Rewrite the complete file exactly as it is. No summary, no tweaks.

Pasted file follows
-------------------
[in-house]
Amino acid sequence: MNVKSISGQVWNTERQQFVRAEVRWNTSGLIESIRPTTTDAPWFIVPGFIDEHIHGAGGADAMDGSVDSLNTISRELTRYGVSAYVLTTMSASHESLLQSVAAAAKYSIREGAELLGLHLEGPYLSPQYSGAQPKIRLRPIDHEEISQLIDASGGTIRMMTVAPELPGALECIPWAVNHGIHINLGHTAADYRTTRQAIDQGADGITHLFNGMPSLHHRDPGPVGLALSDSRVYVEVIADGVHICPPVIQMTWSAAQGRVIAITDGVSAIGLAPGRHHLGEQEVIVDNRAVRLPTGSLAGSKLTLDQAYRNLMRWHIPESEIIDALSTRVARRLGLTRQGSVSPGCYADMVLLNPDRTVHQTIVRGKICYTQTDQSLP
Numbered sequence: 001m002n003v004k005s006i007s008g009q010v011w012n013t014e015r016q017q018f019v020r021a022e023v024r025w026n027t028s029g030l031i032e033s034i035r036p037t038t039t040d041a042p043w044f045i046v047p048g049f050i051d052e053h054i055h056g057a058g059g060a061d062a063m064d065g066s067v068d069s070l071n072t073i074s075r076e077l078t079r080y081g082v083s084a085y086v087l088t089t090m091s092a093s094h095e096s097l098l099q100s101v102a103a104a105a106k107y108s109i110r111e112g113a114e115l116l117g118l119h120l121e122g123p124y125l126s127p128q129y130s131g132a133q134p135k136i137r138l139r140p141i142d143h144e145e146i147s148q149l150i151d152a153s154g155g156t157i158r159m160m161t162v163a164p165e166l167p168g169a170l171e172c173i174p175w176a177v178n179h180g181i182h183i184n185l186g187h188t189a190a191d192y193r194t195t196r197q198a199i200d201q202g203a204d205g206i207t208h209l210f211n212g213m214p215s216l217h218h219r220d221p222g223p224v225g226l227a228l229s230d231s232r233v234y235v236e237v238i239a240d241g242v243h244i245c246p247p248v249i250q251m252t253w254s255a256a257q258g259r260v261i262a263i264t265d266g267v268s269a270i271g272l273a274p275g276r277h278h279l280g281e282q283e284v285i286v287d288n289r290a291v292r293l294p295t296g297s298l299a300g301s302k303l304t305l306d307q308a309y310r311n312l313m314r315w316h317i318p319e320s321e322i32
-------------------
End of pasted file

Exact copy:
[in-house]
Amino acid sequence: MNVKSISGQVWNTERQQFVRAEVRWNTSGLIESIRPTTTDAPWFIVPGFIDEHIHGAGGADAMDGSVDSLNTISRELTRYGVSAYVLTTMSASHESLLQSVAAAAKYSIREGAELLGLHLEGPYLSPQYSGAQPKIRLRPIDHEEISQLIDASGGTIRMMTVAPELPGALECIPWAVNHGIHINLGHTAADYRTTRQAIDQGADGITHLFNGMPSLHHRDPGPVGLALSDSRVYVEVIADGVHICPPVIQMTWSAAQGRVIAITDGVSAIGLAPGRHHLGEQEVIVDNRAVRLPTGSLAGSKLTLDQAYRNLMRWHIPESEIIDALSTRVARRLGLTRQGSVSPGCYADMVLLNPDRTVHQTIVRGKICYTQTDQSLP
Numbered sequence: 001m002n003v004k005s006i007s008g009q010v011w012n013t014e015r016q017q018f019v020r021a022e023v024r025w026n027t028s029g030l031i032e033s034i035r036p037t038t039t040d041a042p043w044f045i046v047p048g049f050i051d052e053h054i055h056g057a058g059g060a061d062a063m064d065g066s067v068d069s070l071n072t073i074s075r076e077l078t079r080y081g082v083s084a085y086v087l088t089t090m091s092a093s094h095e096s097l098l099q100s101v102a103a104a105a106k107y108s109i110r111e112g113a114e115l116l117g118l119h120l121e122g123p124y125l126s127p128q129y130s131g132a133q134p135k136i137r138l139r140p141i142d143h144e145e146i147s148q149l150i151d152a153s154g155g156t157i158r159m160m161t162v163a164p165e166l167p168g169a170l171e172c173i174p175w176a177v178n179h180g181i182h183i184n185l186g187h188t189a190a191d192y193r194t195t196r197q198a199i200d201q202g203a204d205g206i207t208h209l210f211n212g213m214p215s216l217h218h219r220d221p222g223p224v225g226l227a228l229s230d231s232r233v234y235v236e237v238i239a240d241g242v243h244i245c246p247p248v249i250q251m252t253w254s255a256a257q258g259r260v261i262a263i264t265d266g267v268s269a270i271g272l273a274p275g276r277h278h279l280g281e282q283e284v285i286v287d288n289r290a291v292r293l294p295t296g297s298l299a300g301s302k303l304t305l306d307q308a309y310r311n312l313m314r315w316h317i318p319e320s321e322i32